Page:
Skip to main content

The Cloud

Cloud-Poster-5The Cloud is a brand new digitally supported alternate reality game by Pop Up Playground and Tech Assault for VicHealth.

Set in “a minutes from now” future The Cloud is a mystery to solve, hidden all across the city. A community of people who play a game to stay fit and ready for anything. And a conversation about what it means to be human.
Explore the city.
Find the clues.
Decide what happens next.

What is The Cloud
The Cloud is a game that uses the internet, social media, digitally supported street game, online story telling and ubiquitous technology (smart phones, SMS, etc…) to set the players to solving an unfolding mystery.

The story told by the Cloud is a collaborative effort between the players and the writers. Like a role playing game, the writers offer a fictional/simulated situation for the players to react/respond to.

All official direct interactions with the game proceed as if there is no game.

The website, social media presence, on street game runners and in game communications will be themed within the narrative environment of The Cloud.

Part of the fun, is pretending its real.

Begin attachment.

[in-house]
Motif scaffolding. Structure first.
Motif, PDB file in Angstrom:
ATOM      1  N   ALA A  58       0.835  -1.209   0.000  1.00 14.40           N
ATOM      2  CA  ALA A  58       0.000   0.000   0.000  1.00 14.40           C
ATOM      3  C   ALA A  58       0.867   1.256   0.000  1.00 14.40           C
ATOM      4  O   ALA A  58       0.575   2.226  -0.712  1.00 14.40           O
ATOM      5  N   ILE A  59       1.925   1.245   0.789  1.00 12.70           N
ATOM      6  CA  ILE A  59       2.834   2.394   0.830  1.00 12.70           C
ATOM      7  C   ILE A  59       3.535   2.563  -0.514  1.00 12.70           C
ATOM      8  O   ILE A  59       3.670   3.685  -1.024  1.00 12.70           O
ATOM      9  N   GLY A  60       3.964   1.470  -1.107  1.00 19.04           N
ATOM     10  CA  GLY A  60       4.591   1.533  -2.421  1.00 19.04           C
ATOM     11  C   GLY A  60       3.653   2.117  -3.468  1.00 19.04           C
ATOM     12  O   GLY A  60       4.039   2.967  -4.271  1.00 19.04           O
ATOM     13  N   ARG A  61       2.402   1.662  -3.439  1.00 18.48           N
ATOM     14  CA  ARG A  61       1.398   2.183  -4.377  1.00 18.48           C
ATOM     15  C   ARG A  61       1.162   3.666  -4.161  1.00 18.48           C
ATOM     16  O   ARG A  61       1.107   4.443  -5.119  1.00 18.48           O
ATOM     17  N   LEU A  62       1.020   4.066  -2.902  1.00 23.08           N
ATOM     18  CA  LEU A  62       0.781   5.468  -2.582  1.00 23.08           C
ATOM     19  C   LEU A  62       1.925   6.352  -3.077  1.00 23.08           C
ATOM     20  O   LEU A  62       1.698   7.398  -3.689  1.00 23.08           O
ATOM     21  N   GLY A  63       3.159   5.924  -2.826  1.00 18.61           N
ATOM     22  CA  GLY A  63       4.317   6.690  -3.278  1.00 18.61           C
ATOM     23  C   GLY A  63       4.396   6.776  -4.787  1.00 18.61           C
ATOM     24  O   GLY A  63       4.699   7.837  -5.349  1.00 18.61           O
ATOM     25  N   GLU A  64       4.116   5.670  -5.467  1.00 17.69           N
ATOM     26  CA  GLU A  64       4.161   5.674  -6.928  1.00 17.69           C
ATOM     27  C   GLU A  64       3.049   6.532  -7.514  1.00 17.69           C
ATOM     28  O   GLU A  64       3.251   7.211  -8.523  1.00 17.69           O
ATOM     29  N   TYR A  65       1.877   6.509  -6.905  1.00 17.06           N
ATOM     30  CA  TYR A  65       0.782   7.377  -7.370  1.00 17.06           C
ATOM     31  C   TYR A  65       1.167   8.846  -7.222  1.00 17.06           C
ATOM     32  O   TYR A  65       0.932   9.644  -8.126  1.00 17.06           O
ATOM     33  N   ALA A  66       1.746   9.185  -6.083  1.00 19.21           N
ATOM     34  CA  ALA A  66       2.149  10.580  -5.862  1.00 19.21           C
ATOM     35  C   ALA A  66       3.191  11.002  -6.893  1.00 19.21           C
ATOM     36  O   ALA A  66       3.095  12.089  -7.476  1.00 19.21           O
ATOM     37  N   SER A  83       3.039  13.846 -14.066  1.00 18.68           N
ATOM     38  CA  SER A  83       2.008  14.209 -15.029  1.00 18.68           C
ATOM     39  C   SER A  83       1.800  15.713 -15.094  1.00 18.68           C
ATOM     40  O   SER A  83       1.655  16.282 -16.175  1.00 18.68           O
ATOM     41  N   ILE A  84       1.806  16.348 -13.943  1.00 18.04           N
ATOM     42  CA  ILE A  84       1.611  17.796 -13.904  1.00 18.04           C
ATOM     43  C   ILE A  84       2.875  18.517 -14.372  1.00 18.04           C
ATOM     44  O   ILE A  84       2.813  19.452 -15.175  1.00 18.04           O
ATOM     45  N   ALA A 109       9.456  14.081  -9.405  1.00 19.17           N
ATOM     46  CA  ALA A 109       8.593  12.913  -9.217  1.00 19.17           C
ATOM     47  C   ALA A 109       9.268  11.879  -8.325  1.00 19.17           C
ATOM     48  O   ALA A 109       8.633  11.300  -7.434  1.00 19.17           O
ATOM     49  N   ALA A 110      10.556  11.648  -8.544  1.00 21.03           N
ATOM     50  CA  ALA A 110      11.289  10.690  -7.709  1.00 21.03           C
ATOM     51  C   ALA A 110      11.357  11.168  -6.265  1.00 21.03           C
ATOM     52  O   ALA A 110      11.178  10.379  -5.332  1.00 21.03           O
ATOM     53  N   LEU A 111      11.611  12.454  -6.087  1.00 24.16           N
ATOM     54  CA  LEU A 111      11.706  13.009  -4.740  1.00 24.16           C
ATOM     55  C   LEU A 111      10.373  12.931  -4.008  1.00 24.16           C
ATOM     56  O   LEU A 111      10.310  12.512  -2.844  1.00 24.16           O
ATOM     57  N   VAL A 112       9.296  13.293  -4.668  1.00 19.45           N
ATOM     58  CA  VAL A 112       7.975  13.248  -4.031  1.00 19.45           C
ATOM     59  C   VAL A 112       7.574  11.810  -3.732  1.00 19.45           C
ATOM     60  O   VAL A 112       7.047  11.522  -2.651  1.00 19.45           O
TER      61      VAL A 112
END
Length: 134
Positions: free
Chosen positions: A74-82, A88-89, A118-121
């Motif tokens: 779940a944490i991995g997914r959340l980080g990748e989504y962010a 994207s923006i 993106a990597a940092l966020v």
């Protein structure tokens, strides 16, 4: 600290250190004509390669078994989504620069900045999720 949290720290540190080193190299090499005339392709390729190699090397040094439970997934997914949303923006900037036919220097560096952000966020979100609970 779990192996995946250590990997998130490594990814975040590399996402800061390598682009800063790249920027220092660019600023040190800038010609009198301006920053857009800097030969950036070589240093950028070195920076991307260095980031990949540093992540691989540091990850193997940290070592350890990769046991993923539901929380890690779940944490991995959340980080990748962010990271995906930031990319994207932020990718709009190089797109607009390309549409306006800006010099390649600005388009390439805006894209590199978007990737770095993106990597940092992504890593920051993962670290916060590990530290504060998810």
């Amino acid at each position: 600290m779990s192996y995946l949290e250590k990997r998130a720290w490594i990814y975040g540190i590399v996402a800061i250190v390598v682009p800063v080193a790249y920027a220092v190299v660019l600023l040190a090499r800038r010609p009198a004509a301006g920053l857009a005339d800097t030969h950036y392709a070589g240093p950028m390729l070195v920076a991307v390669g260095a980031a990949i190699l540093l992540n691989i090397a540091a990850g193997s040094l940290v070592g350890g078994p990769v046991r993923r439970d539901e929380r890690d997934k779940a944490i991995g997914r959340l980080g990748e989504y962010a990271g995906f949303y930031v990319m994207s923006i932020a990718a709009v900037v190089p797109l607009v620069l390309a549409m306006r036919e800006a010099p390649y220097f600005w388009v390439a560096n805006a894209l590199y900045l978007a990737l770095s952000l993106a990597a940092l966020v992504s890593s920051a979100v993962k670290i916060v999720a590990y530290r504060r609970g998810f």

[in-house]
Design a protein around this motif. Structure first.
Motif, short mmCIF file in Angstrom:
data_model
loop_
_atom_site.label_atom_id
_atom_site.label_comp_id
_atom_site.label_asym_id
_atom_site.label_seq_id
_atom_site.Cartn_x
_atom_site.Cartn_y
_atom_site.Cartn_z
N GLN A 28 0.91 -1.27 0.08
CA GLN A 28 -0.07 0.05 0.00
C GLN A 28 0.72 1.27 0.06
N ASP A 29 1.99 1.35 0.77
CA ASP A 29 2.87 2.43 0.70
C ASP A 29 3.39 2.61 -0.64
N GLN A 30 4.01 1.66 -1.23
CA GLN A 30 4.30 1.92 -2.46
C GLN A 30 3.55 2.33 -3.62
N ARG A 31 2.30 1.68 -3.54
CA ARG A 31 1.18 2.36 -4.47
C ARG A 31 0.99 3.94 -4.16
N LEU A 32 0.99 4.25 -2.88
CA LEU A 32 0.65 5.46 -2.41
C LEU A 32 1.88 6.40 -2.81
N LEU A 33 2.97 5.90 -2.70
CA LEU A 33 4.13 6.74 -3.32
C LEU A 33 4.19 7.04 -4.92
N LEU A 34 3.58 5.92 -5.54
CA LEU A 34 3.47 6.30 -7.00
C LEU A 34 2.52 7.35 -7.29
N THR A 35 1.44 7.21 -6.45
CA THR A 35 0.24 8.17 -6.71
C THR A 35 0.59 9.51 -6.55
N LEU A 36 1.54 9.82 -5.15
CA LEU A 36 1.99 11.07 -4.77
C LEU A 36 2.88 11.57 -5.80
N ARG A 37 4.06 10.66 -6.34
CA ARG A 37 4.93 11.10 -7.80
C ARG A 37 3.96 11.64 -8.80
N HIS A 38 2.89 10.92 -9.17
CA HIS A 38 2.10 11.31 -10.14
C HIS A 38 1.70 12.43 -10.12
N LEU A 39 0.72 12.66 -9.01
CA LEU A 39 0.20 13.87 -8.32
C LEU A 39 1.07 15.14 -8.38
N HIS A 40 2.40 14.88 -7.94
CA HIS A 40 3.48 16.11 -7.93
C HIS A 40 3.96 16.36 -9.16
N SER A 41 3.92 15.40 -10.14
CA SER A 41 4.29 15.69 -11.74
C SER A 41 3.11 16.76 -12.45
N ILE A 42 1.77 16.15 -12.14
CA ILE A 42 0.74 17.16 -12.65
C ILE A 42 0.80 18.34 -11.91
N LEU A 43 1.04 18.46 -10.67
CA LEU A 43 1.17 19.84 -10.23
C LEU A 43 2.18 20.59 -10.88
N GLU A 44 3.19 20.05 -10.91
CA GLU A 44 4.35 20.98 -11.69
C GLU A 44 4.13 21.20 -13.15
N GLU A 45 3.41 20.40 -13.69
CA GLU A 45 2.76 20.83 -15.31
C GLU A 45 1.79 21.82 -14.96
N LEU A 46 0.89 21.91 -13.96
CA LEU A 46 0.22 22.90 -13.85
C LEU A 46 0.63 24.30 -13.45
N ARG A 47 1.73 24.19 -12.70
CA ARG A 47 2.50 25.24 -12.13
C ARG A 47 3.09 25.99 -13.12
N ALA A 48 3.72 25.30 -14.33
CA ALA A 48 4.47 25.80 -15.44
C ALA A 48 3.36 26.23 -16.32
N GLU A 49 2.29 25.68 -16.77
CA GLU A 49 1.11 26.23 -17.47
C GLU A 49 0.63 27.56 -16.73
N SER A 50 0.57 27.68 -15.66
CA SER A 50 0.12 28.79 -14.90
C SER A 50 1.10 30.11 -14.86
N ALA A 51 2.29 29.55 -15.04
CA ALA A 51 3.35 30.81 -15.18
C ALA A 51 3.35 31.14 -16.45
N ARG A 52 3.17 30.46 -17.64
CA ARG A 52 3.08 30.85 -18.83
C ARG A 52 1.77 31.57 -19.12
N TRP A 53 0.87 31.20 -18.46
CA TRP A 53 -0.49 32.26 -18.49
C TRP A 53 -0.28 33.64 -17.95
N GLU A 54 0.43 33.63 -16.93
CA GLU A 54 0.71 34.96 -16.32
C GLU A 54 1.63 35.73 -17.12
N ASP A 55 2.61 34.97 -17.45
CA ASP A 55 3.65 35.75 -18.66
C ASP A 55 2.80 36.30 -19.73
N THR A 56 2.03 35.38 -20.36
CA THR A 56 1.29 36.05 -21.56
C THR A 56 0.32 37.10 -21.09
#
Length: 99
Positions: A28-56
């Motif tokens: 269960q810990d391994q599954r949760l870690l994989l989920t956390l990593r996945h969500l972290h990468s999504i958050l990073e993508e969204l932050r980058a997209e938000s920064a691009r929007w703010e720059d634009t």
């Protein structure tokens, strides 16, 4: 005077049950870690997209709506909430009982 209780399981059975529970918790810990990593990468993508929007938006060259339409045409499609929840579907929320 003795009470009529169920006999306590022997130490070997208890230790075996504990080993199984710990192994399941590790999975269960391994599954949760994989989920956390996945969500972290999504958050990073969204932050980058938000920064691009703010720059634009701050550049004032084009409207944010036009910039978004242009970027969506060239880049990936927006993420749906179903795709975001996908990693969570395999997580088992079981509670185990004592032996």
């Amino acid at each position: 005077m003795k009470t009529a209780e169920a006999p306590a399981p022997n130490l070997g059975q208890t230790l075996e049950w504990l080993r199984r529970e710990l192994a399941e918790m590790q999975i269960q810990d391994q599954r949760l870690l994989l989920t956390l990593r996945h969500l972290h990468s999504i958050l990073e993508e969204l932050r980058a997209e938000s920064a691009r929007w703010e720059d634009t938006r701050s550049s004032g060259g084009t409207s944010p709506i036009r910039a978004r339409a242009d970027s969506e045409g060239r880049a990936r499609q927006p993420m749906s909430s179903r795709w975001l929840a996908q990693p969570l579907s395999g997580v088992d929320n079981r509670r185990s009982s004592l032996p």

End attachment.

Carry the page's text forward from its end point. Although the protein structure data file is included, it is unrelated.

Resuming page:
The story of The Cloud is set within a community of people playing a game on the streets of the city, called The Run. The Run is a digitally supported game of territory acquisition, mental, physical and social challenges played in the CBD.

In teams of three to five, players search for clues, solve puzzles, discover and complete challenges and compete to capture as much territory in the city over a two hour period as possible.

Players are also offered training missions, available at any time via an online portal. These training missions are automatically conducted via Conducttr and purpose built software designed by Tech Assault.

Successful completion of the missions contributes to the collective story telling exercise and adds to players skill sets (metaphorically and literally).

The Missions, The Run and the social story telling game aspects of The Cloud are all designed specifically to encourage increased physical activity, to increase awareness of the personal habits and environments that impact on physical and mental health and encourage mindfulness as a coping strategy, to build self confidence in unfamiliar environments and self reliance in changing situations.

The Cloud, both in the game fiction and in the real world, is designed to make its players faster, stronger and smarter.

How the game works

We’ve set up a Tutorial Mission which lasts approx an hour (depending on how you play).

The Season Pass gets you access to all the other missions. Once you have a Season Pass, throughout the week you’ll get access to all the other missions via the website as they’re released each day. These missions also take as long as the player takes to complete them. The game lasts all week.

If you buy the Tutorial Mission and then want to keep playing, you can purchase a reduced price Season Pass for you can play the rest of the week’s missions too.